Avoiding problems around fawning

In the current climate of low venison returns it’s tempting to let hinds become third class citizens on your farm. However, letting herd reproductive efficiency slip will only further erode profitability in a venison enterprise and make it more difficult to capitalise on better returns when things do come right.

Hinds that don’t rear a fawn are the biggest cost in your herd. Hopefully you’ve identified dry/dry hinds at scanning and they are gone. But wet/dry hinds are generally the big area of loss, and there are actions you can take to minimise the number of these.

Well-conditioned, well fed hinds that are fawned at an appropriate stocking rate (and if possible in paddocks that have good natural features for fawning) can have very good in-paddock survival rates. Top performing herds can have fawn mortality rates as low as 5%.

One large central North Island property, by paying attention to the factors above, lifted fawn survival from 80% to 91% in a 5 year period.

Most fawns that ‘go missing’ do so because they die at or around birth.  Birthing problems, starvation/exposure, mismothering and misadventure, are all inter-related.

On commercial farms it is unusual to see dead fawns. Hinds may eat them or they are quickly preyed upon by hawks, pigs or cats.

When it comes to giving birth and bonding with their fawn, a hind’s worst enemy is another hind.  Difficult births are often a result of disturbance during the birthing process.  Once out, the first 30 minutes of the fawn’s life are very important – fawns will die if bonding is not successful in this period and hinds may not return to fawns that they have been chased away from.  Older, larger and aggressive hinds have been observed to chase other hinds off birth sites.

A hind in the wild will separate herself from the herd to give birth and may spend considerable time apart with her fawn. Where they are not able to do this, they will hide their fawns. Hinds will push fawns through fences into long grass if there is no other cover; often leading to a fawn trapped the wrong side of a fence.

Hinds may be seen fence pacing as they search for seclusion before fawning, or because they have lost a fawn on the other side.

An ideal fawning environment has ample cover with plenty of spots for hinds to separate away from others. Hinds fawned in low density tussock country typically wean 3-4% better than their low country counterparts.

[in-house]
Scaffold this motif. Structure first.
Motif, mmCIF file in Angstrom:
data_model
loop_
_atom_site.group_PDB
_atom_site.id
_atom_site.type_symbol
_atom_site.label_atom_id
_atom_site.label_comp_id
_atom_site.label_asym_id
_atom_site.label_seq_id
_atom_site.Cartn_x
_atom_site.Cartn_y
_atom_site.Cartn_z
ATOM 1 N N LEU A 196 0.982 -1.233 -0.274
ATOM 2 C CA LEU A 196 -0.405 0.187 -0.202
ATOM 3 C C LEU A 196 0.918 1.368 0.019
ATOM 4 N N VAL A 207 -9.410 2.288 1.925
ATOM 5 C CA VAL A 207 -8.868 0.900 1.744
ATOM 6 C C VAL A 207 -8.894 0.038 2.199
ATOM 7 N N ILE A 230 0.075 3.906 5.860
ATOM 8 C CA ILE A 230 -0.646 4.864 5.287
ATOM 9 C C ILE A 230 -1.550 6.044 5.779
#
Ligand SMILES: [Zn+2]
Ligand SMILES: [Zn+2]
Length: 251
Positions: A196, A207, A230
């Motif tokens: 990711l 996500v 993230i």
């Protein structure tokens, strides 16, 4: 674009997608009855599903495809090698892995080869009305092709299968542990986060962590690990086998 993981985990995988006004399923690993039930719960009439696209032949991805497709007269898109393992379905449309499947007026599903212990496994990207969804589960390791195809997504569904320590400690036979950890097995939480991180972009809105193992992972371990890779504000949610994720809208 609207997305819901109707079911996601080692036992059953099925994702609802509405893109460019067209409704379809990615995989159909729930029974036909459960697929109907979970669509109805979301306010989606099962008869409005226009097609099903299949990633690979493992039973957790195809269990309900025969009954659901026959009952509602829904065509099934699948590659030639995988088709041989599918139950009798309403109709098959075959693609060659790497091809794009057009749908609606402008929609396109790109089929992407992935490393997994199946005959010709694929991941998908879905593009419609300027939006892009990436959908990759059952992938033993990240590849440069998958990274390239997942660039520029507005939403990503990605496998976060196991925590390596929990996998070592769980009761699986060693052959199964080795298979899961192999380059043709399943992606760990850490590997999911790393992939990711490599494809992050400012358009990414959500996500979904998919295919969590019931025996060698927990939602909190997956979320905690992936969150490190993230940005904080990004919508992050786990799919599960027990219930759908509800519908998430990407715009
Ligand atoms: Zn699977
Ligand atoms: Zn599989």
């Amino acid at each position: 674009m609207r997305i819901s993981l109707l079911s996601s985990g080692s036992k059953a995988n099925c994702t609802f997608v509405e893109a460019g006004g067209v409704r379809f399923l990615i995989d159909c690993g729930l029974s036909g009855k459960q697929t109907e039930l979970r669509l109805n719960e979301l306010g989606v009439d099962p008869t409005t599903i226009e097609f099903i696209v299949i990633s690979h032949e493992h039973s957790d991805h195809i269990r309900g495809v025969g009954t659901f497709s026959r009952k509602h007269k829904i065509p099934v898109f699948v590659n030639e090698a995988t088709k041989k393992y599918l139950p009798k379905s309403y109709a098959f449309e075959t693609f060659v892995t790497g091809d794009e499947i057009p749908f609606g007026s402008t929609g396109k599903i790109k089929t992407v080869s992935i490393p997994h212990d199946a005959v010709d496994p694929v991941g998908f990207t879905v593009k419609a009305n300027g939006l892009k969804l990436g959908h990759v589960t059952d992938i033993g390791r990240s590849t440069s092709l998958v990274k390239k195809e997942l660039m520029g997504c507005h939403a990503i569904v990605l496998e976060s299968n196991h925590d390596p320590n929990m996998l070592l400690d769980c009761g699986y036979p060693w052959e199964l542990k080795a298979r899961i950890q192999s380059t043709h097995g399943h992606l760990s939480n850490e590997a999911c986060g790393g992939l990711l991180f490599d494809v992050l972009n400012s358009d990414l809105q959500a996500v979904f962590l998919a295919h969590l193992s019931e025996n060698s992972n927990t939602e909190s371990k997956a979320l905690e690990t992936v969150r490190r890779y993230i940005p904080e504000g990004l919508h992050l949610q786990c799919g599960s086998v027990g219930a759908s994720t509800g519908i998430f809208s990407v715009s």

While we don’t have too much of this type of country in the Central and southern North Island, we can help our hinds out by:

  • Minimising effect of dominant of hinds by giving plenty of space
  • Appropriate stocking rate will depend on paddock type. 6 hinds per ha may be appropriate in small, highly subdivided paddocks, in more broken hill country up to 9/ha may be OK
  • Consider providing ‘artificial’ cover in small paddocks e.g. felled trees, or mow the edges of the paddock and leave long grass in the middle so that hinds hide their fawns away from fences.
  • Habituate hinds to stresses well before fawning, e.g. activity happening next door
  • Break up age classes – fawn young hinds and older hinds separately.

The other ‘drag’ on efficiency in a venison herd is small and late-born fawns. While conception date has the biggest influence, poor hind condition and underfeeding in spring can make this problem worse.

  • Undernutrition in hinds slows foetal growth
  • Hinds will only give birth once the fawn is big enough – the delay can be as much as 2 weeks
  • If hinds fawn in BCS 4 gestation length won’t be prolonged
  • Feeding in the last trimester is most important

Hind body condition at fawning – bigger is better!

  • Being in a high body condition score does not predispose a hind to fawning problems – most fawning problems are caused by disturbance and stress.
  • BCS 4 to 4.5 animals maintain high milk production for 4-6 weeks longer than thinner hinds in dry summers.

While it may not be cost effective to pay for feed to lift thin hinds now; third trimester feeding is most important, so simply separating light hinds and reducing their level of competition will help.


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